The Heart Rhythm Society (HRS) 2021 meeting was our first voyage into a hybrid medical meeting. We both had the opportunity to attend several sessions and network with friends/colleagues. Overall, over four thousand people attended the conference in person in Boston and 1,000+ virtually. There was an active social media presence at the meeting, and highlights were presented on “Heart Rhythm TV” spotlighted impactful sessions. We decided to share the learning points and highlights from an outstanding session that we attended.
The session, “Ablation of Left Ventricular Summit Arrhythmias” with Dr. Samuel Asirvatham of the Mayo Clinic, Dr. Wendy Tzou from the University of Colorado, and Dr. Francis Marchlinski of the University of Pennsylvania, was a hit both in-person and virtually.
The left ventricular (LV) summit is an area of complex anatomy that is frequently the source of ventricular arrhythmias and can also be a source of frustration for the electrophysiologist (EP). It is a region of the LV epicardial surface bounded by the left anterior descending coronary artery and left circumflex coronary artery that lies superior to the aortic portion of the LV ostium. The great cardiac vein (GCV) divides this region between an inferior area accessible to ablation and a superior and more medial area, which is inaccessible to catheter ablation because of close proximity to the major coronary vessels.
Dr. Asirvatham presented a comprehensive overview of the anatomy of the LV summit as well as mentioned the origin of one of the rules that are utilized in the EP laboratory. He highlighted that the 5 mm guidance for the minimum distance from the coronary artery for safer ablation is derived from animal studies in canine and porcine models. Ultimately, if ablation is to be considered in close proximity to the coronary arteries, safety is of paramount importance, and it may be worth considering further medical therapy options or awaiting future ablation technologies (i.e. electroporation/pulse-field) before risking collateral damage.
Innovative approaches to ablation were discussed by Dr. Tzou. There are numerous potential options, but some are problematic in the LV summit region. Innovative ablation options that may be particularly helpful for intramural septal arrhythmias include prolonged radiofrequency, simultaneous unipolar ablation, bipolar ablation, needle catheter ablation, and alcohol coronary venous or arterial ablation.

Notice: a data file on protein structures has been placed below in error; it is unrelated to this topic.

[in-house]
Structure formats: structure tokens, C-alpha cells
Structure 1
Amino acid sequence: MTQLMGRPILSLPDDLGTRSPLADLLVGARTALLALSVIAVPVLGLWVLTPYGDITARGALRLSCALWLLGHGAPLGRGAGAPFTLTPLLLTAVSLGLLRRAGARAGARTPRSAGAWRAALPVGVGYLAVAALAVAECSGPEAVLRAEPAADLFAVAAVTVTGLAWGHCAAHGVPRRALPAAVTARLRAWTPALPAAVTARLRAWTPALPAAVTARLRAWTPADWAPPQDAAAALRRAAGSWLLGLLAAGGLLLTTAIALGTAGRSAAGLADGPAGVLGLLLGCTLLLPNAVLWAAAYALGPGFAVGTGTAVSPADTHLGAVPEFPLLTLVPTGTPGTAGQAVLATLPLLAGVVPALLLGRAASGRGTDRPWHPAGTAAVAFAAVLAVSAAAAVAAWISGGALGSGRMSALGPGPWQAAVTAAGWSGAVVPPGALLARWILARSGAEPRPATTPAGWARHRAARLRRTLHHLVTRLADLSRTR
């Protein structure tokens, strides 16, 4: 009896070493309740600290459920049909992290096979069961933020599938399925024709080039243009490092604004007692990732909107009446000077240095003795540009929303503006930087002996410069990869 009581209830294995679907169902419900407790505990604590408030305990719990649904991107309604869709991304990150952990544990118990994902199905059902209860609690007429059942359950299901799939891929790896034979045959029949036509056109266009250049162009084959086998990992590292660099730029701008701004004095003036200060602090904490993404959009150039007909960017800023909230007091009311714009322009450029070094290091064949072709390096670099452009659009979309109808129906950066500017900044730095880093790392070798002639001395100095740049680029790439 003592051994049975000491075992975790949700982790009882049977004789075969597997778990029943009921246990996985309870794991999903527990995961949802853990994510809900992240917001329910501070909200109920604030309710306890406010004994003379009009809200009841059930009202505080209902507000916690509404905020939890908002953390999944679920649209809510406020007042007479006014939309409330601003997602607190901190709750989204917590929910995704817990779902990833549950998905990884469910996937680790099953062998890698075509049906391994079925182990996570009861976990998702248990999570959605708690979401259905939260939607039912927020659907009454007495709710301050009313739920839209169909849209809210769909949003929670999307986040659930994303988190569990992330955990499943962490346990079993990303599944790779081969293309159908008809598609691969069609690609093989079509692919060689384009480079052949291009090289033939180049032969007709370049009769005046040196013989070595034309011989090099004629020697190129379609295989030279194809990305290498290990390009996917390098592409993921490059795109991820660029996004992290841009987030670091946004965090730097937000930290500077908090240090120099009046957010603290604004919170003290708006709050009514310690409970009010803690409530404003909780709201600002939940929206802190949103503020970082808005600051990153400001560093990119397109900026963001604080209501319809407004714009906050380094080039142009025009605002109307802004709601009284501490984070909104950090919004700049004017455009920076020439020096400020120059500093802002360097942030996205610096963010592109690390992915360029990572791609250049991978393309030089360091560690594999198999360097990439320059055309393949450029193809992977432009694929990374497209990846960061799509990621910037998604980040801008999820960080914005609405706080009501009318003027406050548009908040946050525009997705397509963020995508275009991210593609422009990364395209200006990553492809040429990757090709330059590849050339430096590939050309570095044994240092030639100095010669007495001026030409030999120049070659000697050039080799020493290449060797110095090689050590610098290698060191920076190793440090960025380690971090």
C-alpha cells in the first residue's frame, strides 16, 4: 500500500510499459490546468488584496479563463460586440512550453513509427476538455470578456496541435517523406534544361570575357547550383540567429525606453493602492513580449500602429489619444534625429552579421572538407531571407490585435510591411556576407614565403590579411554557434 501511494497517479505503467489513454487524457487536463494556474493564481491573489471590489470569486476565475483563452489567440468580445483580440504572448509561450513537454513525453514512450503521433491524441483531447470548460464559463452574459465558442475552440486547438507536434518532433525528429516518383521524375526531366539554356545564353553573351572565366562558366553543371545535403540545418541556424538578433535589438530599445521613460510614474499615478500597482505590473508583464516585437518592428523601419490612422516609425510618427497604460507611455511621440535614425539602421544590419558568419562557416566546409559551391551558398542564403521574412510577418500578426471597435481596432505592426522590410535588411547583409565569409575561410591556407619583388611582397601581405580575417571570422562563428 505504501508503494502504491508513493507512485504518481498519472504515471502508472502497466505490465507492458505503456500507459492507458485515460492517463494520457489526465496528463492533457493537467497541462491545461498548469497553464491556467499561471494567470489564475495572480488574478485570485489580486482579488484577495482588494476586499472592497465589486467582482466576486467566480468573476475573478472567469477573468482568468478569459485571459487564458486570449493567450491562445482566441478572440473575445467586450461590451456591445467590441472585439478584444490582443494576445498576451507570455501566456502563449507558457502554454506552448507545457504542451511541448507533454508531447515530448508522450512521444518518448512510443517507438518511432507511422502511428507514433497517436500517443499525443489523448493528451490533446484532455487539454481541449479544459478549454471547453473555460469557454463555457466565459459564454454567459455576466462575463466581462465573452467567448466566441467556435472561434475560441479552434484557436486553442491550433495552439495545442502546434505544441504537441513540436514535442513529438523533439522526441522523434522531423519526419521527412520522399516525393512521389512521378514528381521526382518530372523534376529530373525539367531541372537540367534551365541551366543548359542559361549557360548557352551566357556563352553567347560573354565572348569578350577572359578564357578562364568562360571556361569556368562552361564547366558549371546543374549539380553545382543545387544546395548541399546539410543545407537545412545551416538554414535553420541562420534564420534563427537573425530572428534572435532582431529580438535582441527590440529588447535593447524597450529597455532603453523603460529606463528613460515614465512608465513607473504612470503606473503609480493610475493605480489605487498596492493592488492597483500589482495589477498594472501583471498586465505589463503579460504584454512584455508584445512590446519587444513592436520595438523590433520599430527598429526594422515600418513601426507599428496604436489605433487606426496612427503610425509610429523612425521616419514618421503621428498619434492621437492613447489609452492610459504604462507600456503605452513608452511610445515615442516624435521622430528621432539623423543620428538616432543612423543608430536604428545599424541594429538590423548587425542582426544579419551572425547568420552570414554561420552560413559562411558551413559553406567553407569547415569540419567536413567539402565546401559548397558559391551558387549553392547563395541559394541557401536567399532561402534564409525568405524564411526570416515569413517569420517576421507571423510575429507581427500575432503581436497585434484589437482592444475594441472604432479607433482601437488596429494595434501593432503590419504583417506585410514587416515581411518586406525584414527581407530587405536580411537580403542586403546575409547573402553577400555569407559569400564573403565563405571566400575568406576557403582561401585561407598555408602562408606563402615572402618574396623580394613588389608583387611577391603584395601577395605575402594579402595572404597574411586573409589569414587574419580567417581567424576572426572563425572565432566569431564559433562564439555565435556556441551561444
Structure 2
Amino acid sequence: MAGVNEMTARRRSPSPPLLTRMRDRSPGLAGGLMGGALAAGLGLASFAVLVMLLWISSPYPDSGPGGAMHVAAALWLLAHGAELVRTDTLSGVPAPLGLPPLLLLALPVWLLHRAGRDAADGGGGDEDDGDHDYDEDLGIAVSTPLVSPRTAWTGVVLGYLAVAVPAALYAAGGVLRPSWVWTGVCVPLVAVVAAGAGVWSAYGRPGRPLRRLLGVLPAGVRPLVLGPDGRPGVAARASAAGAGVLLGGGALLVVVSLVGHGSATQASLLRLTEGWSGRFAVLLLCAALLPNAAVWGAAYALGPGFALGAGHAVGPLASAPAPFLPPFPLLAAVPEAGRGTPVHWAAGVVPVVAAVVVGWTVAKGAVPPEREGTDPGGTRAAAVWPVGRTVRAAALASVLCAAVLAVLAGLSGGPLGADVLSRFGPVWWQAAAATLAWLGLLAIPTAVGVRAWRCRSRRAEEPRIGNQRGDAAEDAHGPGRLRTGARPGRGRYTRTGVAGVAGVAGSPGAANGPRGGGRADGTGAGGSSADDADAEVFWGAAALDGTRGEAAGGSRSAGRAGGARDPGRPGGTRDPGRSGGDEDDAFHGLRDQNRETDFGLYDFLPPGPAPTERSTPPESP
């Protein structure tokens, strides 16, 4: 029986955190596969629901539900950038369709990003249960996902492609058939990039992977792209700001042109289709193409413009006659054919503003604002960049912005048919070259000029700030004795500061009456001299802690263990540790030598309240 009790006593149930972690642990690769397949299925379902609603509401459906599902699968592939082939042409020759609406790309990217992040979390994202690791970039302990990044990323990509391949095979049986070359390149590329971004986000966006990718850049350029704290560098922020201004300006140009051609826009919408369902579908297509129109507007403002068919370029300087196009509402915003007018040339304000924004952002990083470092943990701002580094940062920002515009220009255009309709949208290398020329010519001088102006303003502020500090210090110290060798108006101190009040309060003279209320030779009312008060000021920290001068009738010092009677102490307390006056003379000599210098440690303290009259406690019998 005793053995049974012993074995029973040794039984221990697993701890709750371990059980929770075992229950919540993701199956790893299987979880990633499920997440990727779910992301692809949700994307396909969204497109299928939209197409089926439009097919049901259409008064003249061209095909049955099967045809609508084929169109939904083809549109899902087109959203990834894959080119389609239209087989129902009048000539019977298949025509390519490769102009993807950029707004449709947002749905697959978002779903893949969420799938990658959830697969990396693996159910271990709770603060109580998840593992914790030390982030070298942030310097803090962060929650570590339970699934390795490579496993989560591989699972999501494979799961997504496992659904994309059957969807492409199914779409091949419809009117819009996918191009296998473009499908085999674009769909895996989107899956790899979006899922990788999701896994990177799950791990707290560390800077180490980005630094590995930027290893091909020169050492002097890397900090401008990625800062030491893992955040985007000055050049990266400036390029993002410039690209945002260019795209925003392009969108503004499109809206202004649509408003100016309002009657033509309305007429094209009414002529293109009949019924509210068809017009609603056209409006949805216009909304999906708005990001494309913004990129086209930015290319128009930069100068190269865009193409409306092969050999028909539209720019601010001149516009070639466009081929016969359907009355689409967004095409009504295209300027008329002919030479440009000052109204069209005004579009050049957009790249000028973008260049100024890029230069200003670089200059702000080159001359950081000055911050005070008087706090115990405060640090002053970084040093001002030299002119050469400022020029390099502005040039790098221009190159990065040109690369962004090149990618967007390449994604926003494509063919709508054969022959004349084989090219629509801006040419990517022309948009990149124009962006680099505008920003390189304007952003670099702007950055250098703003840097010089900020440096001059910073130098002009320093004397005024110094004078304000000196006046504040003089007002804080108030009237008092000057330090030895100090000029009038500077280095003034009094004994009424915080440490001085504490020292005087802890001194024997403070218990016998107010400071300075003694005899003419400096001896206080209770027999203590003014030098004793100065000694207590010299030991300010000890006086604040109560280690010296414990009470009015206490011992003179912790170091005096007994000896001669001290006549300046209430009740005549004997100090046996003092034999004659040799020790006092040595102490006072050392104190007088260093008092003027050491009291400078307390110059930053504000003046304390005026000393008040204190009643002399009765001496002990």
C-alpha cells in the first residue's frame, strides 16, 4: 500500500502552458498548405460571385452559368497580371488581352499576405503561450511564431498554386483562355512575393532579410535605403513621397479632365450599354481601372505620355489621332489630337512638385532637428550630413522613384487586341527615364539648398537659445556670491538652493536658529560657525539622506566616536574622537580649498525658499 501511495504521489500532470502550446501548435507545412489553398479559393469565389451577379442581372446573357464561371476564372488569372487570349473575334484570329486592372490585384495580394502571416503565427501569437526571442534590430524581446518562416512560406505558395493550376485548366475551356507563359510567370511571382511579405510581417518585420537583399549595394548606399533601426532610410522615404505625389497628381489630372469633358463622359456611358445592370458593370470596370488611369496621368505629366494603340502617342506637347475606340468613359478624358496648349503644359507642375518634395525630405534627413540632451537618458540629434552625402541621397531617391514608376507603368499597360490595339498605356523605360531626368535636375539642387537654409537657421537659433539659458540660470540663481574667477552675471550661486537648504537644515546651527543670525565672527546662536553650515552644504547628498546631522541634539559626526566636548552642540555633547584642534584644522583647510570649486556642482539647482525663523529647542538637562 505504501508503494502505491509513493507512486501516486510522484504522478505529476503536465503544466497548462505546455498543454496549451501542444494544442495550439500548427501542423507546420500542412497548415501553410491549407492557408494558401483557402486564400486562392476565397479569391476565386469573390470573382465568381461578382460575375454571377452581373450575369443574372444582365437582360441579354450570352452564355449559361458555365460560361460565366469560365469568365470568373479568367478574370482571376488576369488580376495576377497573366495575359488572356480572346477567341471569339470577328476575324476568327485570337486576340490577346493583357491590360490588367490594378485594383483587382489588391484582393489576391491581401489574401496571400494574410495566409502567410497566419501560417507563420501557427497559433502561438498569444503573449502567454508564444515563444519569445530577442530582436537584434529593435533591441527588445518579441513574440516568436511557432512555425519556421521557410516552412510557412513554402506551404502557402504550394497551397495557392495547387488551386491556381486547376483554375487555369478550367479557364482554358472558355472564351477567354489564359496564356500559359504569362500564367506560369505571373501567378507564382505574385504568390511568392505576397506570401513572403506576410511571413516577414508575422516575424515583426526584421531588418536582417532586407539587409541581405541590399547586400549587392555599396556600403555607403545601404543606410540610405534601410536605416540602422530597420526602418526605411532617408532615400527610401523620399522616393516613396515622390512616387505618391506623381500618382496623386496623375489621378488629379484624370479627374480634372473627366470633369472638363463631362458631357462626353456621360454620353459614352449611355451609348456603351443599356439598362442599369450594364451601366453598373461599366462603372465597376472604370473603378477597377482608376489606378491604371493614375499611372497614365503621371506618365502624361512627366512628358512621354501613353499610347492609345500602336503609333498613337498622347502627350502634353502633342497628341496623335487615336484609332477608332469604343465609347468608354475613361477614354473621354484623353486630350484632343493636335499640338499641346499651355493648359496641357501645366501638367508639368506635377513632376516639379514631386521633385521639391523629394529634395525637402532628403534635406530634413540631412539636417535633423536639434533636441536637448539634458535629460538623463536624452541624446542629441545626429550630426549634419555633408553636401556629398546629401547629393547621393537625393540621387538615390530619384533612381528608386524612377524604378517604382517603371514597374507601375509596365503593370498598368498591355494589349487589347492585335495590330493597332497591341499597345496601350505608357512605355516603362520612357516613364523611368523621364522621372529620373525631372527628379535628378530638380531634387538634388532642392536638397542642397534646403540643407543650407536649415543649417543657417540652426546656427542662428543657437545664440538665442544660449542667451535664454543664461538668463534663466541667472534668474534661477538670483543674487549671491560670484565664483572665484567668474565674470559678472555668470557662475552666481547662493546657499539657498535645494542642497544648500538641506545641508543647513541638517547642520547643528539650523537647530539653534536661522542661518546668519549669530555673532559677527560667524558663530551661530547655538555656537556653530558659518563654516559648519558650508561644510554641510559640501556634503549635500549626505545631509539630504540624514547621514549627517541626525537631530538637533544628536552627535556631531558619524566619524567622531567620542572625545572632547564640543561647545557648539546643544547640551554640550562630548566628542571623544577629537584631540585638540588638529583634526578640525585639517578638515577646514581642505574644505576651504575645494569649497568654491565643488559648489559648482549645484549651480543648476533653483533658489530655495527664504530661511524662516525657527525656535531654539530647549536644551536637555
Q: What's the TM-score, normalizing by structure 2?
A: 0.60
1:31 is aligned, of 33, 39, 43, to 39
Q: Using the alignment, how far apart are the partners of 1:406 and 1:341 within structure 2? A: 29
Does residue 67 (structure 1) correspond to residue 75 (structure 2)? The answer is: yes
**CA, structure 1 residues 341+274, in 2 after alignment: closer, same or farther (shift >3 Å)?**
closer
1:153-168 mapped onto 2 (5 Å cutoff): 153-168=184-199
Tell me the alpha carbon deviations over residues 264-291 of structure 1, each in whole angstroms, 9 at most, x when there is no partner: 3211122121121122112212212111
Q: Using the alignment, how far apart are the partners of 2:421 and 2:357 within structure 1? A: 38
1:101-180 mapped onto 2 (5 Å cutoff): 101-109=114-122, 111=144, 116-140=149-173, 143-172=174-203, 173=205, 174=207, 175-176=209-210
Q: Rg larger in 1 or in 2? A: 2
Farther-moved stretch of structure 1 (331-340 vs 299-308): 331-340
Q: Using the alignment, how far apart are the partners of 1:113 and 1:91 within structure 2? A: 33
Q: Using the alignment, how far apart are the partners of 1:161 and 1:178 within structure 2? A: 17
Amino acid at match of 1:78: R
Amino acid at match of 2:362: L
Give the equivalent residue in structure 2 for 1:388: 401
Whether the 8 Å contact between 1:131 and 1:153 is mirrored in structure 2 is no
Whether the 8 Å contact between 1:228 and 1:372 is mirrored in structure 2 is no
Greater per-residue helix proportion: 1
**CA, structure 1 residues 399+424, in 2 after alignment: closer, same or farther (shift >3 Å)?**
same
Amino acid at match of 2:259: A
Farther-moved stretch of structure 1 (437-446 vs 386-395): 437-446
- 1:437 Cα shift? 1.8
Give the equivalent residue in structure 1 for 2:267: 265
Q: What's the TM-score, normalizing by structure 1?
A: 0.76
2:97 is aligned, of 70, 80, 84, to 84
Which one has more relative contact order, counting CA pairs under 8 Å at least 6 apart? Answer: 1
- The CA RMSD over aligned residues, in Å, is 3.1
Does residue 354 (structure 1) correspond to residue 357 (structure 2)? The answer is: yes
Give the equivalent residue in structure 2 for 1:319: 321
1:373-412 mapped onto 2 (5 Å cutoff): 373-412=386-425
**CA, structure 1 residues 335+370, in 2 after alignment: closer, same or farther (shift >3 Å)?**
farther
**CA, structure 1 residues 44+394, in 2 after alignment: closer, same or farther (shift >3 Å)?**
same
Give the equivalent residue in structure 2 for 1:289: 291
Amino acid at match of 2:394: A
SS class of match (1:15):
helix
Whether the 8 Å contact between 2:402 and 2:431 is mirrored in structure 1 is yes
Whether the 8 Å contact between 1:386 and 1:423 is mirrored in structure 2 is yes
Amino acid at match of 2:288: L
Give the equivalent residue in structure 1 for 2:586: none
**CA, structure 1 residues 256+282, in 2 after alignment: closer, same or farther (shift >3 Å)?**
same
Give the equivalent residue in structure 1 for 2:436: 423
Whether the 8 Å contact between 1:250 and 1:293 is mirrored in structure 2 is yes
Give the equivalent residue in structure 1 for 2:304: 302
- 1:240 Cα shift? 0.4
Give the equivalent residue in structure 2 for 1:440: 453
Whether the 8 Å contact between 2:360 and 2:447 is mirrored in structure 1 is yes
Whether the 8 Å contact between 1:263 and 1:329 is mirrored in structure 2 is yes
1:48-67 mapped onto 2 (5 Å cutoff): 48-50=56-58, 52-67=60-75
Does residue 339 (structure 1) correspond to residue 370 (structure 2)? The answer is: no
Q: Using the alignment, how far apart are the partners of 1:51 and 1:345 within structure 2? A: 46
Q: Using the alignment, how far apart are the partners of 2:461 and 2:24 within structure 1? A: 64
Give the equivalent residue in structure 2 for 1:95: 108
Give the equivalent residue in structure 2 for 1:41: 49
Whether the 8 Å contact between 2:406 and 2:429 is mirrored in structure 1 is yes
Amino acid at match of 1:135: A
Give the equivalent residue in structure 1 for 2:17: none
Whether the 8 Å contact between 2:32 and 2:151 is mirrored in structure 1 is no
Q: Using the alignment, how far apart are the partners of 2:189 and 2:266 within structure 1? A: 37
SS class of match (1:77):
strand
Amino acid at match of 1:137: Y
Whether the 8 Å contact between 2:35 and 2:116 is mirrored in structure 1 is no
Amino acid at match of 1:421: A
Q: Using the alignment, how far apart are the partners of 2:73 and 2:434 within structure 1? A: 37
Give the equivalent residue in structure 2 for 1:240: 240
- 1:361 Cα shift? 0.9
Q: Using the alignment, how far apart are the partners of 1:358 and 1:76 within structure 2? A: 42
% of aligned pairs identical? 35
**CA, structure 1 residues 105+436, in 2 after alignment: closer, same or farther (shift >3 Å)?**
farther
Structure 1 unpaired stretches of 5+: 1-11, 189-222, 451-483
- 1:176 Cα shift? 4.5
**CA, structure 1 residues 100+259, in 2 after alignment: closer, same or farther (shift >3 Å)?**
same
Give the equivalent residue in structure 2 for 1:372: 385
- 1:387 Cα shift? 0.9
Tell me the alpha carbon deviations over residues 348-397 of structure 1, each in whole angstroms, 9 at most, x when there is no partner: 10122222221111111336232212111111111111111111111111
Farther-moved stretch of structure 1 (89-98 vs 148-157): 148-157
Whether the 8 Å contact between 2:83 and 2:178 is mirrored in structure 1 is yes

Electrocardiographic (ECG) criteria were also discussed by the presenters. Dr. Marchlinski discussed his approach to “Previously Failed” ablation of LV summit arrhythmias. The ventricular arrhythmia ECG often guides the initial approach (Initial question: Is it truly an LV summit ventricular arrhythmia?). He also emphasized the importance of detailed MAPPING of the coronary venous system, particularly the septal perforating veins. Specialized catheters or mapping wires can be utilized to assess the signals in these veins. A subxiphoid epicardial approach is rarely helpful in this region due to the overlying adipose tissue.
The question and answer session included questions submitted in person as well as online via the virtual attendee software. This portion was pragmatic and thought-provoking. One insightful question focused on whether or not it is necessary to map all adjacent structures before ablating or if there is a finding that suggests one site is sufficient to proceed with ablation. The speakers emphasized incorporating all the available information (ECG criteria, initial activation mapping, and pace-mapping findings) to determining an ideal approach. One clue to the need to map adjacent areas is that if the activation is only 10-15 ms pre-systolic at an initial early site, this is likely insufficient, particularly if in an area of disease or an otherwise diseased heart. Low-output pace mapping can also be a helpful clue to help determine the proximity to the site of origin. If the pace map is not close to a 12/12 ECG lead match, it is probably worth mapping adjacent sites and see if there is a better site to consider for ablation.
This session at HRS 2021 is emblematic of high-quality education that can be delivered in the hybrid in-person and virtual attendee format we will likely see for medical education for the foreseeable future. Kudos to the HRS 2021 planning committee for pulling off an innovative and educational meeting!
Dr. Shrestha reports no conflicts of interest. Dr. Sheldon has taken consulting fees from Biosense Webster Advisory Board and honoraria from Boston Scientific/Medtronic/Abbott.
Illustration by Jennifer Bogartz